LSP in Vim with the LSC Plugin
The emergence of the Language Server Protocol (LSP) and asynchronous job support has given rise to a myriad of code completion frameworks for the Vim and Neovim editors.
So many choices is both a benefit and curse; the benefit being that the savvy Vim user can craft a configuration specific to their need, the curse, especially for a novice, is the classic paradox of choice, where to start and what to choose?
Note, my choices may not necessarily suit you, but they do offer a starting point for users wishing to use LSP-based code completion, and other advanced language-aware actions, in Vim.
Feel free to refer to my dotfiles to view my particular LSP configuration.
A modern version of Vim or Neovim that supports asynchronous job control is required. That means Vim 8 or any modern version of Neovim.
Preferably, a very recent version of Vim, version 8.1.2050 or Neovim 0.4.0 at the time of this writing, is strongly recommended since the LSP hover operation of the LSC plugin can use either Vim’s Popup Window or Neovim’s Floating Window functionality if available.
I also recommend installing and updating Vim, or Neovim, using Homebrew on macOS and Linux.
For example, to install Neovim using Brew:
brew install neovim
And to update Neovim:
brew upgrade neovim
Language Server Protocol (LSP)
Created by Microsoft, LSP was originally developed for the Visual Studio Code editor to decouple code editing and presentation from language-specific actions.
Language-specific actions, such as: auto-completion, hovering and navigation, that used to be the purview of heavyweight IDEs are now available to LSP-capable editors when associated with an appropriate LSP-compliant language server. LSP transfers the responsibility of such language-specific actions out of the editor to a vendor-agnostic language server that runs as a separate background process on the host.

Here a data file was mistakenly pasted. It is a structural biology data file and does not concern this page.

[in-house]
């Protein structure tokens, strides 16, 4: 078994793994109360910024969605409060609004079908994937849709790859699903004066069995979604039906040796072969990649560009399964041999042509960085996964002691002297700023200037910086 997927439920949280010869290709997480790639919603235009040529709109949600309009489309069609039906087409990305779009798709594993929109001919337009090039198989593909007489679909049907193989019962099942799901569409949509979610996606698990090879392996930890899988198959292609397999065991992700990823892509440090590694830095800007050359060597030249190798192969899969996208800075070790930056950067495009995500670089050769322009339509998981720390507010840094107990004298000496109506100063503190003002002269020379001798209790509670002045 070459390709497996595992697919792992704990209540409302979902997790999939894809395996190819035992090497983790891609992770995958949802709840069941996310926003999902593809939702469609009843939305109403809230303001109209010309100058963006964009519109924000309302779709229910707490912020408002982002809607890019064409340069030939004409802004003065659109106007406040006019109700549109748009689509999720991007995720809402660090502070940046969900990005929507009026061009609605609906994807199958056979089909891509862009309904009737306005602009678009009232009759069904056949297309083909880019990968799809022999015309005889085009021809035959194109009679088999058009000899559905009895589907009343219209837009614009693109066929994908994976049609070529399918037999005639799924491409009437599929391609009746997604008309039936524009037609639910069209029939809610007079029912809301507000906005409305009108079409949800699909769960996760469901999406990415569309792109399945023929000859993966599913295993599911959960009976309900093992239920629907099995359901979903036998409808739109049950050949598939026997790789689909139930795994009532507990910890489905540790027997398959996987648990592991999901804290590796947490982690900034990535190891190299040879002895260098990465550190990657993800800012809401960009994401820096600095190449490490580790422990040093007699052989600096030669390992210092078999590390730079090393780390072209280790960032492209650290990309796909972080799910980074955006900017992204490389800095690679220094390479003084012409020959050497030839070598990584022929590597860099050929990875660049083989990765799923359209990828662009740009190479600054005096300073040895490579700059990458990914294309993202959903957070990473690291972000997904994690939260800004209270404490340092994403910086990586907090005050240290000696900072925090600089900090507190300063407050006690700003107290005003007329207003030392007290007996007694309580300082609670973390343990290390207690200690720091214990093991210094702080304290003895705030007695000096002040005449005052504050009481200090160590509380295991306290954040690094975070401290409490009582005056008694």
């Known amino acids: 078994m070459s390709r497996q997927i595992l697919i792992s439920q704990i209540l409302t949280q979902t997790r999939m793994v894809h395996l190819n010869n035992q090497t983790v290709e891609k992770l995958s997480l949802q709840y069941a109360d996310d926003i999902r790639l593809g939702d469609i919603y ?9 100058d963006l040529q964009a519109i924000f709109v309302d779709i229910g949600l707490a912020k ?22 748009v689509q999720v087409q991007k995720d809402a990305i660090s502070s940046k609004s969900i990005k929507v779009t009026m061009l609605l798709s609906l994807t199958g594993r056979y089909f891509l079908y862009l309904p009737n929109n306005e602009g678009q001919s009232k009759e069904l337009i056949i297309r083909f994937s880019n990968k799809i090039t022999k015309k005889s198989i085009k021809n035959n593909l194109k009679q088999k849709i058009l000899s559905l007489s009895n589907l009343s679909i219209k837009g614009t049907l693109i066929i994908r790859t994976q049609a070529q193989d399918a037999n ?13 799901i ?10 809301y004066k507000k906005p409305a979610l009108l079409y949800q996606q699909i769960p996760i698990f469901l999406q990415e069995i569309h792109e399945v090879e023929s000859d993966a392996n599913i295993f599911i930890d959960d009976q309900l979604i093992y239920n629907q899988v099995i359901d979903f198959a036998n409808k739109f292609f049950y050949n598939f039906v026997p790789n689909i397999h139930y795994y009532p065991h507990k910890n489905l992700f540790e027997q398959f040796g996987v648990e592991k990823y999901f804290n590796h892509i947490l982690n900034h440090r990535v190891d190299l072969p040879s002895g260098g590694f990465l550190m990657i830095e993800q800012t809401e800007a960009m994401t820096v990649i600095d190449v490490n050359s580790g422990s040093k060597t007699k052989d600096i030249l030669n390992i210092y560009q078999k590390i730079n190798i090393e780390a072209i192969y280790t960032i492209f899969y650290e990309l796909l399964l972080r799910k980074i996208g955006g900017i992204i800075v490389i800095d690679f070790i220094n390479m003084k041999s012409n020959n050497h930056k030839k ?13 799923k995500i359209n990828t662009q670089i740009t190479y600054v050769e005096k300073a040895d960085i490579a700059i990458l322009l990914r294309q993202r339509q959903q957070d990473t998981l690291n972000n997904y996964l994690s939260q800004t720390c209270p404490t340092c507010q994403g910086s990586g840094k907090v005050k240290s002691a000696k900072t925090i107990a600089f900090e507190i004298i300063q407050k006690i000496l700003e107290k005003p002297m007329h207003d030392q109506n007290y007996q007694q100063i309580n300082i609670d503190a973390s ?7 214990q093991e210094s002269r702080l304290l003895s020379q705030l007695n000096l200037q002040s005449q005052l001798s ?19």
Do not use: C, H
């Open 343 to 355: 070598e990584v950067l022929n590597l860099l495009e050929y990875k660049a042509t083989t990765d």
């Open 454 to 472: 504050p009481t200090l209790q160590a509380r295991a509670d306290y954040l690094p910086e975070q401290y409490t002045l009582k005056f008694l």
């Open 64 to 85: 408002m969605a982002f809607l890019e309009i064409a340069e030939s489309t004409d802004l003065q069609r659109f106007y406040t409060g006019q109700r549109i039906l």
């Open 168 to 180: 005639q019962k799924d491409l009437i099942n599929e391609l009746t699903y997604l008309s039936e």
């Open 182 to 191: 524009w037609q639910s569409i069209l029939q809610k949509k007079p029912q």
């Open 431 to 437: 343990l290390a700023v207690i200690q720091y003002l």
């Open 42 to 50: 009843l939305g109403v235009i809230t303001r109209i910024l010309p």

As an open JSON-RPC-based standard, LSP now has multi-vendor support which has led to the development of numerous language clients and servers.
Vim Omni Completion
The 2006 release of Vim 7 saw the introduction a new form of completion,
omni-completion. Omni-completion, orthogonal to existing forms of completion
dictionary completion, is performed by the defined
omnifunc and will usually offer filetype-specific completions.
<Control-x><Control-o>, the intelligence of omni-completion depends
on the sophistication of the
omnifunc in use. Vim ships with set of
rudimentary omni completion implementations. Users can install more advanced
omni completion plugins, such as: Tern
for C or C++, to improve the quality of such completions.
Nonetheless, there are a few issues with omni-completion:
completion is a synchronous operation, invoking omni-completion will block the editor until the operation is concluded
omni-completion plugins needs to be coded and maintained specifically for Vim
However, with LSP-based completion, Vim can leverage and use the same language servers used by Visual Studio Code. One can be confident that the major language servers are actively developed and maintained. On the other hand, some omni-completion plugins, such as Tern for Vim, are no longer maintained.
Also, LSP-based solutions can leverage Vim & Neovim’s asynchronous job control
to not block the editor whilst editing. Auto-completion, where completion
candidates are displayed as one types, should be asynchronous otherwise
editing may be painful due to stalls arising from the synchronous invocation of
LSP offers more than just code completion; a full-featured language server can provide context-aware navigation, code refactoring and hovering tooltips, among other capabilities.
My LSP configuration, documented below, readily allows for both non-blocking auto-completion or manually invoked omni-completion using the same language servers in both cases. You choose which type of completion suits.
Vim Completion Frameworks and LSP-clients
A Vim completion framework is responsible for collating completion candidates and displaying those choices to the user. Advanced completion frameworks often operate, by default, in asynchronous auto-completion mode.